Should the U.S. Eliminate Tuition for Public Colleges and Reform Student Loans? (S. 1373)
Do you support or oppose this bill?
What is S. 1373?
(Updated December 4, 2020)
This bill seeks to make higher education more attainable for all Americans by eliminating tuition at four-year public colleges and universities and reforming student loans.
It would authorize the Secretary of Education to establish grant programs to eliminate tuition and required fees at four-year public colleges and universities. The federal government would cover 67 percent of the cost, while states would be responsible for the remaining 33 percent — which comes to about $47 billion every year for the federal government’s share. It is expected to cost about $750 billion over the next ten years.
Federal funding would be provided by a ‘Robin Hood Tax on Wall Street’ — basically taxing a small percent of Wall Street transactions involving stocks, bonds, and derivatives. The taxing scale is laid out by another bill introduced in the 114th session, the Inclusive Prosperity Act.
To qualify for the federal grants this bill provides, states must maintain their spending on higher education, academic instruction, and need-based financial aid. Colleges and universities would be required to reduce their reliance on adjunct faculty — basically professors who don't have permanent or full-time positions (or a tenure track), making them less of an investment for the universities where they teach. States could use the grant funding to increase academic opportunities for students, hire new faculty, and provide professional development for professors.
This bill would also lower student loan interest rates by nearly half from 4.32 percent to 2.32 percent — while also setting an upper limit to prevent student loan interest rates from ever rising above 8.25 percent. Eligible borrowers would be able to refinance their loans based on interest rates available to current students.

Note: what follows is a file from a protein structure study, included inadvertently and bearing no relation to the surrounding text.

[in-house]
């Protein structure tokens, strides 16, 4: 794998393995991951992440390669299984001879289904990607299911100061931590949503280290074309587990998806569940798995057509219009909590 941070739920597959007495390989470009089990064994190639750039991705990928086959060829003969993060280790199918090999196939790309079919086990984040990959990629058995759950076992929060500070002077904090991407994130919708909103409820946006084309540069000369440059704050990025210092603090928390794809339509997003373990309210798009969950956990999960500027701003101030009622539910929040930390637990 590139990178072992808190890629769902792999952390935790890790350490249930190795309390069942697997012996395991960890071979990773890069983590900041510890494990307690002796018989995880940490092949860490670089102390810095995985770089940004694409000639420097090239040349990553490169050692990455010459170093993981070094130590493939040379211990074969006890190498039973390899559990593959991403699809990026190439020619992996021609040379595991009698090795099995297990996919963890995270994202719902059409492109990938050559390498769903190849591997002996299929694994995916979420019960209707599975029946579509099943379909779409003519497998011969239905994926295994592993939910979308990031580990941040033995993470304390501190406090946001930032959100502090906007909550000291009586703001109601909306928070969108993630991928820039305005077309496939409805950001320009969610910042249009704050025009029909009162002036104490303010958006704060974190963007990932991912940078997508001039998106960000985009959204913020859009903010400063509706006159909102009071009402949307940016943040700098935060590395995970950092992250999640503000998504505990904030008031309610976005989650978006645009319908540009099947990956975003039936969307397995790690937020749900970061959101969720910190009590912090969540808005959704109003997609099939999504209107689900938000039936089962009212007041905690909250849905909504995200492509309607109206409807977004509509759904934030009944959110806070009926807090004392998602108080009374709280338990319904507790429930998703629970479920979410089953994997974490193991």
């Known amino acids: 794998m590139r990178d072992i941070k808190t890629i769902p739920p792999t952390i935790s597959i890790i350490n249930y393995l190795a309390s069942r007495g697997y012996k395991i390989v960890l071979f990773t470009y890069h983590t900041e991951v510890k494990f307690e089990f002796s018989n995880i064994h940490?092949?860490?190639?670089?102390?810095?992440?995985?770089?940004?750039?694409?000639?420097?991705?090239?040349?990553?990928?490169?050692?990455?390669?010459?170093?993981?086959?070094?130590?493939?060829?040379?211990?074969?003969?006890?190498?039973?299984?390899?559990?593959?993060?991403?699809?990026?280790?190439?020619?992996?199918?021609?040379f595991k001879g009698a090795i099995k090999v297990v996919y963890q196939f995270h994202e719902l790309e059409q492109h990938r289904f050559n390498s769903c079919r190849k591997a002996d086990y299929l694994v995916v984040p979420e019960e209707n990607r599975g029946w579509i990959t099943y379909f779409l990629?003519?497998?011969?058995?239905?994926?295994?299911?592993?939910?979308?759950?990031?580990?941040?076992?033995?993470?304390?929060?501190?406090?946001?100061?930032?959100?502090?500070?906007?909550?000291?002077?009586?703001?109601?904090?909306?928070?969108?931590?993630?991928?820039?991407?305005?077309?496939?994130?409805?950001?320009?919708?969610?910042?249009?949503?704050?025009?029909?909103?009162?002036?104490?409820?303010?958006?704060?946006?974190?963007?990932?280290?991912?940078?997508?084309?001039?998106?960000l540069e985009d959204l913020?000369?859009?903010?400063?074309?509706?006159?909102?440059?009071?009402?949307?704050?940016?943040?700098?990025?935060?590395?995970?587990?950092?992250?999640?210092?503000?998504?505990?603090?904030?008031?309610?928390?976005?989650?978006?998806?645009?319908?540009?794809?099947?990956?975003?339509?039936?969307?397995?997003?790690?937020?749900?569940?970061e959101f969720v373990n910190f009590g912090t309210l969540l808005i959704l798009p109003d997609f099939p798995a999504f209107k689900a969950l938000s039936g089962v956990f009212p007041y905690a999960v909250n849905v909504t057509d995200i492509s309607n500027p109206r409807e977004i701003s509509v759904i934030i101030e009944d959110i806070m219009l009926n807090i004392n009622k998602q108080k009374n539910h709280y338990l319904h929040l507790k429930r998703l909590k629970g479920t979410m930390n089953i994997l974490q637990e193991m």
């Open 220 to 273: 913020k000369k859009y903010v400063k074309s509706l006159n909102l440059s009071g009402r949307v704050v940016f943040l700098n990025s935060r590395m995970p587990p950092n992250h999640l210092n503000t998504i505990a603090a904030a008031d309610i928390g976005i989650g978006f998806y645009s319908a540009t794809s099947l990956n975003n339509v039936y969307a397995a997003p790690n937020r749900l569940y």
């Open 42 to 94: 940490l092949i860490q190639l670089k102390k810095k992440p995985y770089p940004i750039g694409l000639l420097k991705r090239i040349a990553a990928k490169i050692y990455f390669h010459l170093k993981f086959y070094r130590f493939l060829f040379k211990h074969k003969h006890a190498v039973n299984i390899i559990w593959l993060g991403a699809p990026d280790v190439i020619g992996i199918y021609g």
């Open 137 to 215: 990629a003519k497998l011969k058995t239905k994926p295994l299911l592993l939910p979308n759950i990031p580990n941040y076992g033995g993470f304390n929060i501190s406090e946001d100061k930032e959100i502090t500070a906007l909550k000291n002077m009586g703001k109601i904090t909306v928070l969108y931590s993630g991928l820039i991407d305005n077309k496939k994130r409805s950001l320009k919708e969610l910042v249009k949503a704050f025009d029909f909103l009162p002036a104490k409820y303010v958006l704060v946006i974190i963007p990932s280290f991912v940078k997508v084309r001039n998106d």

Work study programs would be expanded to allow more students and colleges to participate in them. Funding for work study programs would be focused on schools that enroll high-numbers of low-income students.
A pilot program would be created to simplify the financial aid process, with a goal to allow students to only apply once (instead of every year they are in college) for financial aid.
Argument in favor
Higher education plays an essential role in enhancing opportunity in the U.S. and across the globe. The cost of a public university should never be a deterrent to anyone who wants to improve their situation with education.
This proposal would provide a free education to many students who could afford to pay for one. There are serious questions about whether it would make higher education less efficient and lower quality through reduced competition for students.
Current and potential students in state universities, faculty and administrators at these institutions, state governments, entities involved in student loans, and the Department of Education.
Cost of S. 1373
A CBO cost estimate is unavailable. However, the bill's sponsor, Bernie Sanders (I-VT) estimates $750 billion over the next ten years, or $47 billion annually.
In-Depth: Sponsoring Sen. Bernie Sanders (I-VT) lamented
the “crisis in higher education” when describing the rationale for this
bill. He continued:
“It is a national disgrace that hundreds of thousands of young Americans today do not go to college, not because they are unqualified, but because they cannot afford it… In a global economy, when our young people are competing with workers from around the world, we have got to have the best educated workforce possible.”
It has been speculated that by introducing this bill, Sen. Sanders is attempting encourage student debt to become a part of the Democratic party’s platform in the 2016 presidential election, whether he or Hillary Clinton becomes the nominee.
This proposal has been criticized in a number of ways, with concerns that a lack of competition will lead public universities feeling less pressure to serve students effectively. Another problematic area includes the centralization of authority in Washington, which many fear could inhibit innovation that might lead to more efficient ways of delivering higher education.
One writer called this bill a “cynical handout to the upper-middle class” that may “hit the jackpot of reducing college quality while also increasing cost” — noting that even after abolishing college tuition, students in Sweden graduated with the equivalent of $19,000 in debt.
Of Note: There are more than 40 million people in the U.S. with student loans, who are carrying a total of $1.1 trillion in student loan debt. As of 2009, about 56 percent of the U.S. population had at least attended college — and almost 28 percent had a bachelor’s degree or higher.
According to the Bureau of Labor Statistics, about two-thirds of students who graduated from high school in 2014 attended colleges or universities in the fall of that year.
- Sponsoring Sen. Bernie Sanders (I-VT) Statement
- Sponsoring Sen. Bernie Sanders (I-VT) Summary
- International Business Times
- USA Today
- Daily Beast (In Favor)
- Mic (In Favor)
- Daily Beast (Opposed)
- U.S. News and World Report (Opposed)
The Atlantic (Context)
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